David Rothenberg’s recent book Bug Music is a compelling mix of scientific rigor, musical analysis and philosophical inquiry written in an accessible, personal style. One in a series of Rothenberg’s books devoted to investigating the relationship between nature and music, Bug Music is the most compelling of the group for me. While his explorations of bird song and whale song both were fascinating, the sounds and rhythms of insects have had a strong impact on me from early childhood and therefore this book resonates more strongly with my experience. Sounds like these recordings of Tibicen winnemanna cicadas (not the 17 year ones) intrigued me for as long as I can remember while growing up in North Carolina. In particular the rhythmic organization of insect choruses has inspired me in my work with interactive computer music composition and performance. The phenomenon of repetition of regular rhythmic patterns in loose rhythmic canon or counterpoint is thoroughly analyzed by Rothenberg through a wealth of research that he presents, stretching back for hundreds of years. It turns out that insects listen to each other and try to match each other’s rhythmic patterns, creating the wonderfully unpredictable polyphony that we hear in crickets, cicadas and katydids and see in fireflies.
Rothenberg then goes on to make strong connections with musical structures in African drumming, emergent musical orders where complex structure emerges from layers of repetition, and electronic dance music. The book also includes many examples of poetry from disparate cultures that describes the phenomena of cicadas and other insect singers. The 17 year cicada’s periodic reappearance is investigated in great detail and Rothenberg’s musings on its mysterious emergence from darkness to sing and have sex are amazingly insightful. I am extremely happy to be performing with David in my current musical project.
Horizonal is a new set by composer/performer Ben Neill for his self-designed mutantrumpet with live interactive digital music and video. The imagery is taken from paintings by Los Angeles based artist Andy Moses, whose work is a futuristic hybrid of abstraction and landscape that suggests the theme of a horizon through the use of smooth horizontal lines. Moses’ work is painted on concave and convex surfaces which evoke a sense of movement in time and space, recalling the vistas of Pacific Ocean sunrises and sunsets; these qualities of his paintings inform the repurposed images that make up the dynamic visual component of Horizonal.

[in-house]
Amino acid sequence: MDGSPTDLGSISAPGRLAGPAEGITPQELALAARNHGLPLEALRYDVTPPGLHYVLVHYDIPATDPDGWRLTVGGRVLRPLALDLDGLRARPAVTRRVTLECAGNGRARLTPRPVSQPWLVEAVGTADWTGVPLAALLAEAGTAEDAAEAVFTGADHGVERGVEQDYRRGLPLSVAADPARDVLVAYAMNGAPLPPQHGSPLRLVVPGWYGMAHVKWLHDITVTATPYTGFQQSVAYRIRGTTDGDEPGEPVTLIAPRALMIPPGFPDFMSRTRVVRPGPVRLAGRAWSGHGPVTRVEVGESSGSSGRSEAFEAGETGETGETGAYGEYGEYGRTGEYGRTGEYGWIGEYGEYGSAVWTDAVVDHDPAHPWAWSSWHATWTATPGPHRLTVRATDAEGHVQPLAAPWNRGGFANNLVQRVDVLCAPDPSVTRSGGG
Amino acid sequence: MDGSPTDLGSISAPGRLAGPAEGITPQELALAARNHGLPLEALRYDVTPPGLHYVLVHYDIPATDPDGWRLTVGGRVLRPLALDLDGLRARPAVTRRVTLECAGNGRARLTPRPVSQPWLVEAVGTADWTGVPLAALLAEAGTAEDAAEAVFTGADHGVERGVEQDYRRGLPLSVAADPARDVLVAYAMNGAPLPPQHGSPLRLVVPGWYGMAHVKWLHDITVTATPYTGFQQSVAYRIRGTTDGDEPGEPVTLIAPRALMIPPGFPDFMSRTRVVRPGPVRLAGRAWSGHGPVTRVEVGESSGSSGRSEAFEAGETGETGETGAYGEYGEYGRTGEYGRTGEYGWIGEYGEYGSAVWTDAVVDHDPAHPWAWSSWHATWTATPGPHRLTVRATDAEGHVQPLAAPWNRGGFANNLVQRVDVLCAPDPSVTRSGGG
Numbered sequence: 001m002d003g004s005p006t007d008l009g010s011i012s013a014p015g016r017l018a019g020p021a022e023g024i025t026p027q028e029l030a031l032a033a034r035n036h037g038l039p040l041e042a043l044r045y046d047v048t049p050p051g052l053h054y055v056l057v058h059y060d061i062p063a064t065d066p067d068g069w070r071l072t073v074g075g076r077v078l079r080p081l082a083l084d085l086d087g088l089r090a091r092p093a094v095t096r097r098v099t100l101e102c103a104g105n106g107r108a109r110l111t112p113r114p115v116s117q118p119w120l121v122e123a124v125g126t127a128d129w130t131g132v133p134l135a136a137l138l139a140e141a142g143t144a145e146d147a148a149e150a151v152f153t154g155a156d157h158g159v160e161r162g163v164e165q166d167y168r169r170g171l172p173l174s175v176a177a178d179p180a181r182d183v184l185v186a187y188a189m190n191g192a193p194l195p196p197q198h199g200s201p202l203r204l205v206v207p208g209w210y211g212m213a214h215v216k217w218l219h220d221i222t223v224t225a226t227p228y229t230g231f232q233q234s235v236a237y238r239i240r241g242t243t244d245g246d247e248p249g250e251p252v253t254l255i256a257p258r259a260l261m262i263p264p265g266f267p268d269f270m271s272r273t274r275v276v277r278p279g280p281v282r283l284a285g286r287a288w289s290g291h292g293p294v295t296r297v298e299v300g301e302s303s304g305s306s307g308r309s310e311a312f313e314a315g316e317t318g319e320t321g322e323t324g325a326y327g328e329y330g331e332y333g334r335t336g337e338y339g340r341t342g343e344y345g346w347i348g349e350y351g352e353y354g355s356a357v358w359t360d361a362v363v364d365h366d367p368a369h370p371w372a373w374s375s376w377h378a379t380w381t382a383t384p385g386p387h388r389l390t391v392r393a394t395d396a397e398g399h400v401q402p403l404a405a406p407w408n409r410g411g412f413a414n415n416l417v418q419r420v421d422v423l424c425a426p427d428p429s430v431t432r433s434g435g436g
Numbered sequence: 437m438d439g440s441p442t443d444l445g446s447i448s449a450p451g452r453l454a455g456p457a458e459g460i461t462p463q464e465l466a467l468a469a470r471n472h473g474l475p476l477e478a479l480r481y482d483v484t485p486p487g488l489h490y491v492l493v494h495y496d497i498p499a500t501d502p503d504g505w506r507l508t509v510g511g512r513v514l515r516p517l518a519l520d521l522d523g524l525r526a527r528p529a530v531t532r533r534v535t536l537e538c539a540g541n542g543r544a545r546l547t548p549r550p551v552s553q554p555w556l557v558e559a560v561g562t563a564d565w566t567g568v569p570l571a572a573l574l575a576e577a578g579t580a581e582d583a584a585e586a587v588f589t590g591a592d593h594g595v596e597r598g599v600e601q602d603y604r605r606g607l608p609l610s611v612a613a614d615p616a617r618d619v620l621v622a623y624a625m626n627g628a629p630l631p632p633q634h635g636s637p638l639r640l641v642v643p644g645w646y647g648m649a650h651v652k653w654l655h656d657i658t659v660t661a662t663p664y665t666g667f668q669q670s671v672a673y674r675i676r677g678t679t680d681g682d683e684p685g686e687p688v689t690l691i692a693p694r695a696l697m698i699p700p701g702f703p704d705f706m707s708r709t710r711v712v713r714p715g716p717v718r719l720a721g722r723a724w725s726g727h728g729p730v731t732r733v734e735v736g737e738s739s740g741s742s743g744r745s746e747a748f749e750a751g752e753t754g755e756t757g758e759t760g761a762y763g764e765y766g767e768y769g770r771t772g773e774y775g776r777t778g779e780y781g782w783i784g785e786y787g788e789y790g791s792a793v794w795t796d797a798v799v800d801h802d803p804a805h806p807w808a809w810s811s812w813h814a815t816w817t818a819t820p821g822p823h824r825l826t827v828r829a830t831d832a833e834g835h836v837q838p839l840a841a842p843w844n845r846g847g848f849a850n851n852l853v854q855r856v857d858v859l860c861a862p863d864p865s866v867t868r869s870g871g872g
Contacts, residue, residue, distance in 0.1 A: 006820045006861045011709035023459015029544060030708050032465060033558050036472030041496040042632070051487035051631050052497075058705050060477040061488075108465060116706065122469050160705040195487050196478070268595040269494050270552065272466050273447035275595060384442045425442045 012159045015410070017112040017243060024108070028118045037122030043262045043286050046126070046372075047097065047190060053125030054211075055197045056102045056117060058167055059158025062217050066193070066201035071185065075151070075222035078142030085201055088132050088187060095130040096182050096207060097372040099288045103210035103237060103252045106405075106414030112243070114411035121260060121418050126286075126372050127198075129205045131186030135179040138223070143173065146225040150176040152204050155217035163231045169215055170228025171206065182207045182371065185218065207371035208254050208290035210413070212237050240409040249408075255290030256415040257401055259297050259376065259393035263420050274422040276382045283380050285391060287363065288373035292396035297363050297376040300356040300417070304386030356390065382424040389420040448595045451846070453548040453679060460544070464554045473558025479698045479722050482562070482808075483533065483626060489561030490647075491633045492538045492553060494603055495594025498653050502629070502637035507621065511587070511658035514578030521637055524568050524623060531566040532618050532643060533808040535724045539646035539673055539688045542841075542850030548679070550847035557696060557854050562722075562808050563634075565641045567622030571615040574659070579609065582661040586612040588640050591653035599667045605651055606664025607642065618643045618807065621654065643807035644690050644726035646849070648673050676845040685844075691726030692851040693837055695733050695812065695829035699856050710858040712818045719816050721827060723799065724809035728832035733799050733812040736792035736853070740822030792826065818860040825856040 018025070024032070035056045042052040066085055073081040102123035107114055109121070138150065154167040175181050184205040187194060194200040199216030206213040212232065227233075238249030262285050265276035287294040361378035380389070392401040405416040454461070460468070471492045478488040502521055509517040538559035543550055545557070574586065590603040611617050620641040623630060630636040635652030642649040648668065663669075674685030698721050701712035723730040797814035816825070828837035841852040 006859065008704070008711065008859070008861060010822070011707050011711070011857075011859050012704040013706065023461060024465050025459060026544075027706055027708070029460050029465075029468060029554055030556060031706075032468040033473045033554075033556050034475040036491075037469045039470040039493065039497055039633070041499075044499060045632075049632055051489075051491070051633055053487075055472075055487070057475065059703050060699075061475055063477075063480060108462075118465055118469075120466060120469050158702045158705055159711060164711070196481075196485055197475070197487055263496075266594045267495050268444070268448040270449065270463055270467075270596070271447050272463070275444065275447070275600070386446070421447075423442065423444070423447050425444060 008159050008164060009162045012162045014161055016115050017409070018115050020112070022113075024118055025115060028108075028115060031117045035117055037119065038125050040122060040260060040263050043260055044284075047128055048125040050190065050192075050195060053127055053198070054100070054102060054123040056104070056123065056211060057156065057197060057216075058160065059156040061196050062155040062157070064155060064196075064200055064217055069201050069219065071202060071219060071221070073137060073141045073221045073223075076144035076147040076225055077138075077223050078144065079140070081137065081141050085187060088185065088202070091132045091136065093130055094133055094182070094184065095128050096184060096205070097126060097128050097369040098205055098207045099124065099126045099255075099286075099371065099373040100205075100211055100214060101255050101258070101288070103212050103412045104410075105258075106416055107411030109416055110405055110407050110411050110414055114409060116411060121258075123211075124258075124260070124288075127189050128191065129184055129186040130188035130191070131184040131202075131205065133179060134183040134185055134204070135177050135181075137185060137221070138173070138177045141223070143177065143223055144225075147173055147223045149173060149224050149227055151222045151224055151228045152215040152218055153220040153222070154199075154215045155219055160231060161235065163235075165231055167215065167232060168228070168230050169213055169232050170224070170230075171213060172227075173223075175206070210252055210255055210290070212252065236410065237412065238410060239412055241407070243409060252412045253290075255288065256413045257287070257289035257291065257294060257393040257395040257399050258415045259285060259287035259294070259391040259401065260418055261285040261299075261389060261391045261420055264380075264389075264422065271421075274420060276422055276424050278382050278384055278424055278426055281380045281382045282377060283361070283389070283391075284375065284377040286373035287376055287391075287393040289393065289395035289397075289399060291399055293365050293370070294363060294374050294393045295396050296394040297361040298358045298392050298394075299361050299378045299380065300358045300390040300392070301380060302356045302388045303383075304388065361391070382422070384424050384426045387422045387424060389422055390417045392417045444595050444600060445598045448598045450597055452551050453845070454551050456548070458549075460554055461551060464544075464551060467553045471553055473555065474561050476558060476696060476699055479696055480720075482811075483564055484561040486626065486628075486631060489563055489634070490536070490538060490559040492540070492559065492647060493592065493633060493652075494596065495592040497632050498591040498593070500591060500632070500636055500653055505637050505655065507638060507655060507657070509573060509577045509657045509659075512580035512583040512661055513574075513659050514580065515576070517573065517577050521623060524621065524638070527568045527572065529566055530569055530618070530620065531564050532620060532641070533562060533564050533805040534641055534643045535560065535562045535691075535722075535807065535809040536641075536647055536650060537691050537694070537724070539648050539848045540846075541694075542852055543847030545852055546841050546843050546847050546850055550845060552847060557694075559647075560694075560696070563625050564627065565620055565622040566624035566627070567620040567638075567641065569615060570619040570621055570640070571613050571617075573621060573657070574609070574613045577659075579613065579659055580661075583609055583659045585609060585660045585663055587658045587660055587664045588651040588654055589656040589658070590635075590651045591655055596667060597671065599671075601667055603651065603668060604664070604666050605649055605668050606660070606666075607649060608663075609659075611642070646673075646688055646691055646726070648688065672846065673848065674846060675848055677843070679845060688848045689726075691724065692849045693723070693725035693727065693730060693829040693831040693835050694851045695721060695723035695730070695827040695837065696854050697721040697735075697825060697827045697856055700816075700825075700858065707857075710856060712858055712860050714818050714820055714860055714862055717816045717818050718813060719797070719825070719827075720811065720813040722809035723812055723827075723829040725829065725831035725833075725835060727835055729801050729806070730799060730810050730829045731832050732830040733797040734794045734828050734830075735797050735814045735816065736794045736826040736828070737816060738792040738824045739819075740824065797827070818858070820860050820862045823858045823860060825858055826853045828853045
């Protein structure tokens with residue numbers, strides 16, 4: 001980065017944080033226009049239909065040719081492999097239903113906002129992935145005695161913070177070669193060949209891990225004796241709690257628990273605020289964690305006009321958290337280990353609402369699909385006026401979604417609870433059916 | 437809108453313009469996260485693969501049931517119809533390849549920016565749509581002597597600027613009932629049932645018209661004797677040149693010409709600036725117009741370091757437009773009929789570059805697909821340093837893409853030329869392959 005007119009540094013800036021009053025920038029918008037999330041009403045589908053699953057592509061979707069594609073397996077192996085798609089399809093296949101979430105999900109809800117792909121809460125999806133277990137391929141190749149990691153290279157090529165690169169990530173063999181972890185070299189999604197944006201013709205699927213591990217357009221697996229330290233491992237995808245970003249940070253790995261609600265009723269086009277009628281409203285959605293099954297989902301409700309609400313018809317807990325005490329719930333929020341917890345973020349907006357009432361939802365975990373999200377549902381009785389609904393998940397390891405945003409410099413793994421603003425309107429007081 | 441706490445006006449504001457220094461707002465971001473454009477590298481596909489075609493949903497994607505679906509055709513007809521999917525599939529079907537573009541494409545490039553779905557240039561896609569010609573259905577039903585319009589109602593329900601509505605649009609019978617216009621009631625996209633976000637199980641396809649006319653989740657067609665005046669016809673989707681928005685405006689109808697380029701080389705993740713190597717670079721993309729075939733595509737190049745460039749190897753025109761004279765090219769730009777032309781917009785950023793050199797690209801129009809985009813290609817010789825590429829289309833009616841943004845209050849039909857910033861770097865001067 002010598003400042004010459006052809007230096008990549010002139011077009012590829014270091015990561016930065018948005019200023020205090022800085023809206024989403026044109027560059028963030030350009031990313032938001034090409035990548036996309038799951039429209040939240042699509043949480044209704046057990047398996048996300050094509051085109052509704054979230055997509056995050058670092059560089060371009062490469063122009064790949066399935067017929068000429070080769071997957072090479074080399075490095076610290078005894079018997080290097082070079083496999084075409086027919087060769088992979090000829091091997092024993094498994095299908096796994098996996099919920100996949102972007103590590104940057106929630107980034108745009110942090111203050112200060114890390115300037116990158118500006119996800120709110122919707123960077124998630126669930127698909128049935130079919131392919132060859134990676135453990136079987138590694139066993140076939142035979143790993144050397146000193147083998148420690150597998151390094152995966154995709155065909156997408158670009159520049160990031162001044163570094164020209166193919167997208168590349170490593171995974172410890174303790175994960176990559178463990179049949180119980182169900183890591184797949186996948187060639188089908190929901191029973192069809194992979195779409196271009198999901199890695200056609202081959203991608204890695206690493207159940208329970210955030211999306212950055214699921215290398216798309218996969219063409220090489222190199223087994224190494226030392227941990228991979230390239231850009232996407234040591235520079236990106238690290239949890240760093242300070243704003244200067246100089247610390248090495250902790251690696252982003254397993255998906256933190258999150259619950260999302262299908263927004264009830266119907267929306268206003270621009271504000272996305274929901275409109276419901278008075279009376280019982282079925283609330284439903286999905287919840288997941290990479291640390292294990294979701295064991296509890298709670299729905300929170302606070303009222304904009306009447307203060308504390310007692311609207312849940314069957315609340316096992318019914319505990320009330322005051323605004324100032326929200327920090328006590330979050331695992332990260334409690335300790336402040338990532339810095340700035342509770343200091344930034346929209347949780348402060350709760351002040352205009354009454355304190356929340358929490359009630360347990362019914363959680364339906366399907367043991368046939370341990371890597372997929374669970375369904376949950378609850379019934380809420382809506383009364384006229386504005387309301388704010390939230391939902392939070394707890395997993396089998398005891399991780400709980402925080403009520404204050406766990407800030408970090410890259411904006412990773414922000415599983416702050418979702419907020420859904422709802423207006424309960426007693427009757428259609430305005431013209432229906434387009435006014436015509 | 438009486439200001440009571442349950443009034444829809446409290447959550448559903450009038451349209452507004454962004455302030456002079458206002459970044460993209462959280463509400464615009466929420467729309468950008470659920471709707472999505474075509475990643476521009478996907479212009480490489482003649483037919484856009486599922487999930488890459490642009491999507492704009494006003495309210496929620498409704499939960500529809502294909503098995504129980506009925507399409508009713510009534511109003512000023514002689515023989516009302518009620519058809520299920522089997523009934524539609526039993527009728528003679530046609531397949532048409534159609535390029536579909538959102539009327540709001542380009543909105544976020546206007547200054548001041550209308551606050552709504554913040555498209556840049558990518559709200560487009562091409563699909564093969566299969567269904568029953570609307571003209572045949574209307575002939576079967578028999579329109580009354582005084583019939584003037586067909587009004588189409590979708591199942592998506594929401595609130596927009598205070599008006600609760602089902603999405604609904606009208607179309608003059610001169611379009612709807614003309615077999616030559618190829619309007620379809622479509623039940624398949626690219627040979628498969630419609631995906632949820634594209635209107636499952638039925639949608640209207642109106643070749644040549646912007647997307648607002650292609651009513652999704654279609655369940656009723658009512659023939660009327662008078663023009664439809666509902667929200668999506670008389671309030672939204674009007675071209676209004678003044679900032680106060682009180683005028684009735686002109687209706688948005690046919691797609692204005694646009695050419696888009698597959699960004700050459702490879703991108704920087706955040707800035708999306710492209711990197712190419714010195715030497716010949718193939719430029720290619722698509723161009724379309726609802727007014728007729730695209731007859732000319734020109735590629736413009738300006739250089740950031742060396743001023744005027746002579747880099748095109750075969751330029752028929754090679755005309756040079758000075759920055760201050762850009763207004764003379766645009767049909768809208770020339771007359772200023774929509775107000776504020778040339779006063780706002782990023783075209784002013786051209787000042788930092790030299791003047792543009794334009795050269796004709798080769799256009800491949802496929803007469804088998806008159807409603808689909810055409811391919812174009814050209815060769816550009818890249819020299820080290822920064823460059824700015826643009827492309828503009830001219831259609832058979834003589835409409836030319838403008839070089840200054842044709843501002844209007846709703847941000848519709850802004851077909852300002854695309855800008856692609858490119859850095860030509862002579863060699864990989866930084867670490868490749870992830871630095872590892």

In Horizonal, the sounds and controllers of Neill’s hybrid electro-acoustic instrument animate the still images, creating a synthesis of audio and visual media that is made possible through multiple software applications. Over the course of the work the sound impacts the visual elements in gradually more radical ways. The music in the piece relies primarily on the live sampling of Neill’s instrument; the tones, timbres and modulations are all mapped across the audio and visual parameters. Minimal electronic beats and sub bass lines are introduced periodically to support Neill’s sonic and visual explorations. The work has an overall shape but the details of each performance are improvised, and therefore unique.
Both Moses and Neill use high-tech materials and techniques in their works to mimic patterns in nature. This approach is reflected in the fluid, open-ended character of Horizonal, which is created to be an immersive ambient experience. Neill has been making interactive music and video works for the past 15 years and in this piece chose to work with still images in order to challenge the idea of cinematic sound which functions as an accompaniment to the moving image. Horizonal can be described as an example of Visual Music that utilizes Audio-Visual Objects. These techniques along with the use of video as a light source give the work its futuristic yet natural quality.more